This helped the circulation of higher quality coffee at home. “When we had the price crises, we, and other producers, decided to roast our own beans to sell at a higher price,” David explains.
Toma Café and barista champions
The growth of specialty coffee shops and roasters in Colombia has made it increasingly viable for producers to sell their coffee into the internal market at higher prices.
Importantly, it has helped close the price gap with traditional consuming countries in the West, making it less of a financial contradiction and more of a sustainable business decision.
A big part of this has involved encouraging Colombians that it is worth spending an extra few pesos on a good cup of coffee. This is where the efforts of Toma Café have been focused.
The Toma Café programme is an FNC initiative that combines public and private funds to encourage the consumption of Colombian coffee at home. Not long after its introduction, domestic consumption started to grow, with 96% of households reportedly drinking coffee.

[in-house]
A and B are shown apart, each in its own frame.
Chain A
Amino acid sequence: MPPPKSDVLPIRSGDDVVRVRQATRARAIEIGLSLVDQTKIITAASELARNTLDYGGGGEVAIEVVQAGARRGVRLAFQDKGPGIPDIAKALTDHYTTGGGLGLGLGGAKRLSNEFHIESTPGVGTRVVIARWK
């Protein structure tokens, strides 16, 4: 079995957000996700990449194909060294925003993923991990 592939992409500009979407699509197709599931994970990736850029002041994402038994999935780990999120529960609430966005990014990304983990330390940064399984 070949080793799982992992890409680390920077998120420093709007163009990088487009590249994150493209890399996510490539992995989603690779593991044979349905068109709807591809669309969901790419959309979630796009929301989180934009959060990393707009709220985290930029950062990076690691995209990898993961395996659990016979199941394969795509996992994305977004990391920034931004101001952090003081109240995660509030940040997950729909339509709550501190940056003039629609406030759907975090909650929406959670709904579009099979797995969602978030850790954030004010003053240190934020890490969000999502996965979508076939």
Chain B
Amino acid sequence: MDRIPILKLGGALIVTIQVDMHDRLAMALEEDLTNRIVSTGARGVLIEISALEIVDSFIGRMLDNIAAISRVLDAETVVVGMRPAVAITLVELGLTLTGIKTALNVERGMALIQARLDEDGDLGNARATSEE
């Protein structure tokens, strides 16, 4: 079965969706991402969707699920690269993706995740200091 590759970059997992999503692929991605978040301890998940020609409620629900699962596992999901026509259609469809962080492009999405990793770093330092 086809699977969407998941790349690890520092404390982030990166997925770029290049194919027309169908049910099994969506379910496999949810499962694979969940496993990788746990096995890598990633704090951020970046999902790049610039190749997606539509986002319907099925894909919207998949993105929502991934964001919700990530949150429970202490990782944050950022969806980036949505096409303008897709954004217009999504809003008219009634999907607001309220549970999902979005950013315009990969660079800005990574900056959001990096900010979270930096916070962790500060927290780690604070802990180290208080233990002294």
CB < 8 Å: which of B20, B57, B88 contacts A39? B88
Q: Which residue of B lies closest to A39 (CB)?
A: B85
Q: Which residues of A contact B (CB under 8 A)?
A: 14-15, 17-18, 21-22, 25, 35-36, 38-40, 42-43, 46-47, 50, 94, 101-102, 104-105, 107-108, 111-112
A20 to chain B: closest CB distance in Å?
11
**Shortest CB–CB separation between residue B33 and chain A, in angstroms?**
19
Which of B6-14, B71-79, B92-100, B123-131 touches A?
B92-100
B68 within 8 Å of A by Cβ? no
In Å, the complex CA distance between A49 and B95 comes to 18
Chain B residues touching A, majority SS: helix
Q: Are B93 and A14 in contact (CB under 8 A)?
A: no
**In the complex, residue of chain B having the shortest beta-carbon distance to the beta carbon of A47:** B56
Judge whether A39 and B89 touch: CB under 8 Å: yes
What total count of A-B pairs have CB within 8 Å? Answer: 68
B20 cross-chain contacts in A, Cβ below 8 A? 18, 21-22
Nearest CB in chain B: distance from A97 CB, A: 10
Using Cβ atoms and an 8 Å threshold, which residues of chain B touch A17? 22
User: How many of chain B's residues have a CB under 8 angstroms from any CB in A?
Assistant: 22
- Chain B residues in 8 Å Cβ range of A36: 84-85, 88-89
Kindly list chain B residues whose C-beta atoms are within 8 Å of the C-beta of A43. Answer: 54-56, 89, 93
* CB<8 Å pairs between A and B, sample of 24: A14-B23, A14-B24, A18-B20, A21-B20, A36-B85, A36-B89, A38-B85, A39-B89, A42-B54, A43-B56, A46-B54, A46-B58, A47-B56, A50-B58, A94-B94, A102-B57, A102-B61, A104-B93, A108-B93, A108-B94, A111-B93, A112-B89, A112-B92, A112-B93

Between 2009 and 2015, the domestic market share for “premium” coffees grew from less than 1.5% to more than 5%, which David says was also driven by competitions and baristas.
“More baristas have started to get professional certifications from the SCA,” he says. “Also, coffee competitions started to take place. Around ten years ago, in Bogotá and Medellin, specialty coffee shops opened selling specialty coffees that had won the Cup of Excellence and other prizes.”
However, arguably the best example of where Colombia’s specialty coffee shop sector now finds itself came last year at the World Barista Championships. Using a eugenioides coffee from a farm in Tolima, Colombian barista Diego Campos was crowned champion – the first time a South American had ever won the coveted award.
“I showed that Colombia produces and serves the best coffee in the world,” he said upon receiving the trophy. “Now we want to dedicate ourselves to generate more specialty coffee culture in Colombia.”
Photo credits: Mateo Soto @pergaminocafé